Bortman and Cobra met in 2007, when Bortman’s earlier group My First Earthquake was sharing a Tenderloin rehearsal space with Cobra’s old combo King Loses Crown. Happy Fangs soon became their cottage industry.
“With every part of the band, we get to be really thoughtful, and we’re always coming up with new ideas,” says Bortman, who completed the French New Wave-styled video for “A Lion Inside You” in 48 hours.
She and her bandmates also filmed a “Hiya Kaw Kaw” clip, perched high in a tree in Marin, where a crow disrupted the shoot. “He wasn’t berating us. I would like to think it was a nod to our awesome crow-themed anthem,” she says.
Now fans expect certain aesthetic things from the group.
In concert, Bortman, 30, sports tribal makeup, dubbed warpaint. And for every show, Happy Fangs pens one spontaneous track live, using an audience suggestion, an exercise called the Insta-Song. That’s where her imrov background comes in.
“Mr. Cobra takes it very seriously, and he’ll come up with a guitar riff inspired by, say, a zombie unicorn,” she says. “And my disclaimer is, ‘It might be horrible or it might be awesome, but our promise to you is that we’ll never play it again.’ As it is born, so does it die.”
The trio is planning a self-curated November Fangs-giving bash.
The moniker has a simple origin: “Mr. Cobra is the Fangs, and I’m the Happy, because I’m a little too chipper for some people’s taste,” says Bortman, whose psychologist mother is always analyzing her. “But I think I’ve managed to keep mom’s expectations of me high. She always says ‘Rebecca, I never know what you’re going to do next! I just sit back in amazement!’”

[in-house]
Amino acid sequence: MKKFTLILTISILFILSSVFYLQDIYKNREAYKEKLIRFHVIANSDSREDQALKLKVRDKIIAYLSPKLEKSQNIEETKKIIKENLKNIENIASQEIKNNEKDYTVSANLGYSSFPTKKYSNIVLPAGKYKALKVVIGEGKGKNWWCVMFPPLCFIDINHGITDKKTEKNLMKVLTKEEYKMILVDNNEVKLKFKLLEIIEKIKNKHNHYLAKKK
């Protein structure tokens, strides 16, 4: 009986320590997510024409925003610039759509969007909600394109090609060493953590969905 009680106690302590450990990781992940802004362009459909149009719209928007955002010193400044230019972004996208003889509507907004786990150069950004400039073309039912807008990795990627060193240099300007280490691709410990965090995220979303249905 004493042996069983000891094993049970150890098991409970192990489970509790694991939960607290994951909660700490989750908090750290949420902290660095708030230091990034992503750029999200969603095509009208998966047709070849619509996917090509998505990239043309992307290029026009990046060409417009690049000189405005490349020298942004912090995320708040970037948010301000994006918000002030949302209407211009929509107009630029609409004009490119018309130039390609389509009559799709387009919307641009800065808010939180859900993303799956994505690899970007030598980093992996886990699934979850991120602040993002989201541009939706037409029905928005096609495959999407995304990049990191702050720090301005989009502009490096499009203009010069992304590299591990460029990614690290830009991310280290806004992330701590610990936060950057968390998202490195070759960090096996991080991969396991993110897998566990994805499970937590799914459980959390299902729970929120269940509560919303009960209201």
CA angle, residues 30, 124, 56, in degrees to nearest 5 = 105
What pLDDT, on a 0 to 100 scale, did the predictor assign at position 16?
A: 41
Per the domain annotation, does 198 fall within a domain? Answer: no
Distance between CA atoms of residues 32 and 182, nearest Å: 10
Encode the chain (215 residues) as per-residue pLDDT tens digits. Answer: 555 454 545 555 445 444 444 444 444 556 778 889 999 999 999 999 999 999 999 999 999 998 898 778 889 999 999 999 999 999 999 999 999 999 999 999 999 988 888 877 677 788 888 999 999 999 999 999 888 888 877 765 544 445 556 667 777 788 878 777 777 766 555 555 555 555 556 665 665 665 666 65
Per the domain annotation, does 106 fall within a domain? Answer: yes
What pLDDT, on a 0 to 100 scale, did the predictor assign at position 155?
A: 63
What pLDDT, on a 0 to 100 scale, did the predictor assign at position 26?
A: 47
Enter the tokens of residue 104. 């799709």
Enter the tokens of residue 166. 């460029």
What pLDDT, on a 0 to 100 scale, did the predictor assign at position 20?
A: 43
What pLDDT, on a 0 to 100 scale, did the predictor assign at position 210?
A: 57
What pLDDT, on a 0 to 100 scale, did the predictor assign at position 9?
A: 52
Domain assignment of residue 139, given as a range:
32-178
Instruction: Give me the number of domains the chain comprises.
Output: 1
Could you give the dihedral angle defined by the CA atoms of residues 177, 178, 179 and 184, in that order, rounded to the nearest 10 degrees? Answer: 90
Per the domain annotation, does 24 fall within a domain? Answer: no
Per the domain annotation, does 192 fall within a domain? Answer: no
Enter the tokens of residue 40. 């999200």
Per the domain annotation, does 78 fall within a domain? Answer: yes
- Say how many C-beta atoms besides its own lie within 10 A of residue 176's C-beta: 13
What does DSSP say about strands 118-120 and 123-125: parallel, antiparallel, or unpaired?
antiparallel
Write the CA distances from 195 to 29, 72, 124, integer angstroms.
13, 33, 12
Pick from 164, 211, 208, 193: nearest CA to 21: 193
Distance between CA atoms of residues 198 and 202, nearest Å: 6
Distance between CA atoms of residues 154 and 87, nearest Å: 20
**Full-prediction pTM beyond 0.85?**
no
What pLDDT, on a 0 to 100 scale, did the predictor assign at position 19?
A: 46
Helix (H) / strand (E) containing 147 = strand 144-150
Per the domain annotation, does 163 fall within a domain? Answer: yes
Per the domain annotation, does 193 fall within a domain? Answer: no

IF YOU GO
Coo Coo Birds, with Happy Fangs
: Elbo Room, 647 Valencia St., S.F.
: 9 p.m. Friday
: $10 at door
: (415) 552-7788. www.elbo.com
San Francisco-based artist Rebecca Bortman often feels feels like she’s leading multiple lives. As a visual designer, she worked for YouTube, and also was art director for the Disposable Film Festival. She designed apps and websites for a hip engineering consultancy, and even tried her hand at improvisational comedy.
But the creative project she is most proud of is her band, Happy Fangs.
“It’s become a vehicle for so many other crazy things,” says the singer, who fronts the group as Rebecca Gone Bad.
Happy Fangs’ eponymous debut EP – which it backs in concert on Friday – is adventurous enough. In garage-punk assaults “Midnight Monsters,” “That Activity” and the chant-along “Hiya Kaw Kaw,” Bortman’s barely-restrained banshee wail rides herd over guitarist partner Mike “Mr.” Cobra’s Cramps-trashy powerchords. (Originally a DIY duo, the team has added drummer Jess G. to good effect.)